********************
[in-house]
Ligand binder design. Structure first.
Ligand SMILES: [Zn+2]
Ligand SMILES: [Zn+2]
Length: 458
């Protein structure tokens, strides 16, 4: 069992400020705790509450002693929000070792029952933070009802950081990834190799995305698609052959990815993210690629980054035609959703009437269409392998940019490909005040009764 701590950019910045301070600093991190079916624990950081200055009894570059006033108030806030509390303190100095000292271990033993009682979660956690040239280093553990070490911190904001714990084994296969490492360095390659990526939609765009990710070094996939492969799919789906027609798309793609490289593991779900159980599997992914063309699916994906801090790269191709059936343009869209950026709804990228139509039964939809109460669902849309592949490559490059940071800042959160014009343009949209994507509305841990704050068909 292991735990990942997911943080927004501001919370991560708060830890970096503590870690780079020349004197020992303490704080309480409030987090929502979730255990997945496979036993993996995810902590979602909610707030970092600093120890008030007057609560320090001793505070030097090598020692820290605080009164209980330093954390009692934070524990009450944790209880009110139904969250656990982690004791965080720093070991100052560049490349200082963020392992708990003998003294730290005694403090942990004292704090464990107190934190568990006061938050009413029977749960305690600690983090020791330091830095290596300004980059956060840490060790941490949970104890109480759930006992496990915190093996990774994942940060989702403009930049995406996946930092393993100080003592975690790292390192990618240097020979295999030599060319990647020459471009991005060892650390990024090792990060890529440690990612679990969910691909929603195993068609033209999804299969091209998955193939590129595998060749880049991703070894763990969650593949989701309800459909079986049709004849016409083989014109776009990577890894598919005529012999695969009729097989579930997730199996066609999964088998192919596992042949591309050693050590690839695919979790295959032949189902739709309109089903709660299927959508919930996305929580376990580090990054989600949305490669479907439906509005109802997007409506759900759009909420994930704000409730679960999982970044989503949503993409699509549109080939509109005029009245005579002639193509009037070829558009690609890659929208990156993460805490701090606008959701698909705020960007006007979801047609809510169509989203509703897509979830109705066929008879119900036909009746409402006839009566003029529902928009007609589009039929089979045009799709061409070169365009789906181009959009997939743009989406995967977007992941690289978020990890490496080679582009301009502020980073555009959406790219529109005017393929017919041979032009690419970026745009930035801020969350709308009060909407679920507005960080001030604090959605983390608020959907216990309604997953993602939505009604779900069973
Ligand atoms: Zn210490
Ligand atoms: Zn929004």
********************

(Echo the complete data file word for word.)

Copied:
[in-house]
Ligand binder design. Structure first.
Ligand SMILES: [Zn+2]
Ligand SMILES: [Zn+2]
Length: 458
């Protein structure tokens, strides 16, 4: 069992400020705790509450002693929000070792029952933070009802950081990834190799995305698609052959990815993210690629980054035609959703009437269409392998940019490909005040009764 701590950019910045301070600093991190079916624990950081200055009894570059006033108030806030509390303190100095000292271990033993009682979660956690040239280093553990070490911190904001714990084994296969490492360095390659990526939609765009990710070094996939492969799919789906027609798309793609490289593991779900159980599997992914063309699916994906801090790269191709059936343009869209950026709804990228139509039964939809109460669902849309592949490559490059940071800042959160014009343009949209994507509305841990704050068909 292991735990990942997911943080927004501001919370991560708060830890970096503590870690780079020349004197020992303490704080309480409030987090929502979730255990997945496979036993993996995810902590979602909610707030970092600093120890008030007057609560320090001793505070030097090598020692820290605080009164209980330093954390009692934070524990009450944790209880009110139904969250656990982690004791965080720093070991100052560049490349200082963020392992708990003998003294730290005694403090942990004292704090464990107190934190568990006061938050009413029977749960305690600690983090020791330091830095290596300004980059956060840490060790941490949970104890109480759930006992496990915190093996990774994942940060989702403009930049995406996946930092393993100080003592975690790292390192990618240097020979295999030599060319990647020459471009991005060892650390990024090792990060890529440690990612679990969910691909929603195993068609033209999804299969091209998955193939590129595998060749880049991703070894763990969650593949989701309800459909079986049709004849016409083989014109776009990577890894598919005529012999695969009729097989579930997730199996066609999964088998192919596992042949591309050693050590690839695919979790295959032949189902739709309109089903709660299927959508919930996305929580376990580090990054989600949305490669479907439906509005109802997007409506759900759009909420994930704000409730679960999982970044989503949503993409699509549109080939509109005029009245005579002639193509009037070829558009690609890659929208990156993460805490701090606008959701698909705020960007006007979801047609809510169509989203509703897509979830109705066929008879119900036909009746409402006839009566003029529902928009007609589009039929089979045009799709061409070169365009789906181009959009997939743009989406995967977007992941690289978020990890490496080679582009301009502020980073555009959406790219529109005017393929017919041979032009690419970026745009930035801020969350709308009060909407679920507005960080001030604090959605983390608020959907216990309604997953993602939505009604779900069973
Ligand atoms: Zn210490
Ligand atoms: Zn929004």